Hangings have increased under the Ahmadinejad regime
Iran has executed 10 people convicted of murder in Tehran's Evin prison, including a woman who killed her husband and cut him into pieces.
Human rights groups say Iran is second only to China in its readiness to use capital punishment.
The number of hangings has increased since a clampdown on "immoral behaviour" in July 2007.
Earlier this year 29 people were executed in a single day for crimes ranging from murder to armed robbery.
The woman who was hanged had argued in court that she had suspected her husband of trying to rape her daughter from a previous marriage.
But her lawyer, Abdul Samad Khoramshahi, said that was not accepted by the court. He spoke to his client only hours before her execution:
"She wanted us to ask the family of the man she killed for forgiveness and asked that she be allowed to go back and live with her daughter. She was depressed and in a very, very bad condition."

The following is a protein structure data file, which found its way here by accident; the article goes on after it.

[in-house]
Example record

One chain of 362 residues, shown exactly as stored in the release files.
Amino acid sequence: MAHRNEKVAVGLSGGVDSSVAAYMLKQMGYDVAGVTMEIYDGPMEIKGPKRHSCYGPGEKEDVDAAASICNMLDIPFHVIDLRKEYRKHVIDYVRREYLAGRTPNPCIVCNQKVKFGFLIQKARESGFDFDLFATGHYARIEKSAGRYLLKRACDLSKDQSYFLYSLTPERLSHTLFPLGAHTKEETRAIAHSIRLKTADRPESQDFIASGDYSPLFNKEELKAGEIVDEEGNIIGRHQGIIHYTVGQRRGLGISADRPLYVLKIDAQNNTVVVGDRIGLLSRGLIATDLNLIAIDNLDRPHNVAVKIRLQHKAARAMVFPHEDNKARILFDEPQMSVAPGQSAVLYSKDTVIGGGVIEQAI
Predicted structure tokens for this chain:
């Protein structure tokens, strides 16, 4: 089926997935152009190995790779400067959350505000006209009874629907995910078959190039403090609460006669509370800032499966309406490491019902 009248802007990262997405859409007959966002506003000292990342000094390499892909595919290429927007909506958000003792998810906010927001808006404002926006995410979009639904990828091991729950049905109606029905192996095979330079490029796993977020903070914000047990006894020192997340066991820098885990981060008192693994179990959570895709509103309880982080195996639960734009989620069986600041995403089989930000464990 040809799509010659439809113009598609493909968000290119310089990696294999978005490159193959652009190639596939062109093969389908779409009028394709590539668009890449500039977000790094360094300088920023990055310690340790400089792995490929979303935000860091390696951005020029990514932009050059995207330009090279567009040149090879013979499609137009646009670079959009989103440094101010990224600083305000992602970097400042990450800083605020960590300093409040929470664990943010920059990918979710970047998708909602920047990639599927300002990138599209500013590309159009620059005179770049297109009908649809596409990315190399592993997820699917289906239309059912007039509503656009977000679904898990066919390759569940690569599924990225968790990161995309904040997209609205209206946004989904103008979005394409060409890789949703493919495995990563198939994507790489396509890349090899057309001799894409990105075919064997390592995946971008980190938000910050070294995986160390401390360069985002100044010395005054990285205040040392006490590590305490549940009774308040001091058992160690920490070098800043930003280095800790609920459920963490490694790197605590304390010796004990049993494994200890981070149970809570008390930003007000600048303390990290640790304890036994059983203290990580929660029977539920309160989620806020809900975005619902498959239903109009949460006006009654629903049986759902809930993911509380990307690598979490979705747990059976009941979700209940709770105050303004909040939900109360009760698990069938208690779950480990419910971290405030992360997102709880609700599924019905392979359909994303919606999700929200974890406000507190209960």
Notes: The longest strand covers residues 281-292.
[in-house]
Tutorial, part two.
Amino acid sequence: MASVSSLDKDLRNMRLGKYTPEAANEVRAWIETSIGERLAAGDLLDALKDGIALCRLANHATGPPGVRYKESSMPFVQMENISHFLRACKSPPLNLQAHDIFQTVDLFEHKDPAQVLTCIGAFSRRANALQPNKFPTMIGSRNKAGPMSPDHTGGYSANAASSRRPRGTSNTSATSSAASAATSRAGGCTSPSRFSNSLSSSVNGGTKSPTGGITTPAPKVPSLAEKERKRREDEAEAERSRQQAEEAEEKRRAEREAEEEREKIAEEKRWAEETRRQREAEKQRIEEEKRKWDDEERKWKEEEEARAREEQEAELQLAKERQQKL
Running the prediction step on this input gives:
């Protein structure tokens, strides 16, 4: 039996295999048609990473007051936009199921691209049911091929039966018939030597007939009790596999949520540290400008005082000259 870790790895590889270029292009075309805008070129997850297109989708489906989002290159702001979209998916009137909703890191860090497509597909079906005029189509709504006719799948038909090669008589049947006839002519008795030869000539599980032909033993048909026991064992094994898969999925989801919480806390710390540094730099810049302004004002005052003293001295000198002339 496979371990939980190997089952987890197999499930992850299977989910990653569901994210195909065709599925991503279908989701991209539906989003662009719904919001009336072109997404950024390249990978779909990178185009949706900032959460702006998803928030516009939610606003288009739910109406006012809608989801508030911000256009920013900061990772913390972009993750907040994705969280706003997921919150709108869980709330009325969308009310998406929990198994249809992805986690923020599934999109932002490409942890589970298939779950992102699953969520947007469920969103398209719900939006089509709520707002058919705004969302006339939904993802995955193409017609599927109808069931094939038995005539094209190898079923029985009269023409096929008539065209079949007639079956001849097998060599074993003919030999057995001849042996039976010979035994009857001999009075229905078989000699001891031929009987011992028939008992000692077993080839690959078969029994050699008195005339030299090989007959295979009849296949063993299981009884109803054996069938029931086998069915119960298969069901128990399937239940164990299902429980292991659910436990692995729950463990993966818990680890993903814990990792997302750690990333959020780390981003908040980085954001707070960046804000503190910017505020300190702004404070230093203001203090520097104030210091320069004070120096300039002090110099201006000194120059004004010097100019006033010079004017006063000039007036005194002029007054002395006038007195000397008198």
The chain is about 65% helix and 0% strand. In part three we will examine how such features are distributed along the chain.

Iranian law allows a murder victim's family to spare a convict's life, either by the payment of blood money or through mercy.
Blood money is officially set at $55,000, though some families demand more. The steep sum often puts any payment beyond the reach of the convict's family.
Amnesty International says these hangings bring the number of people executed in Iran so far this year to at least 295.
Last year, the group says, more than 300 convicted criminals were put to death there.
In recent years Iran has also been one of only a handful of nations in the world to execute juvenile offenders - people put to death for crimes they committed under the age of 18.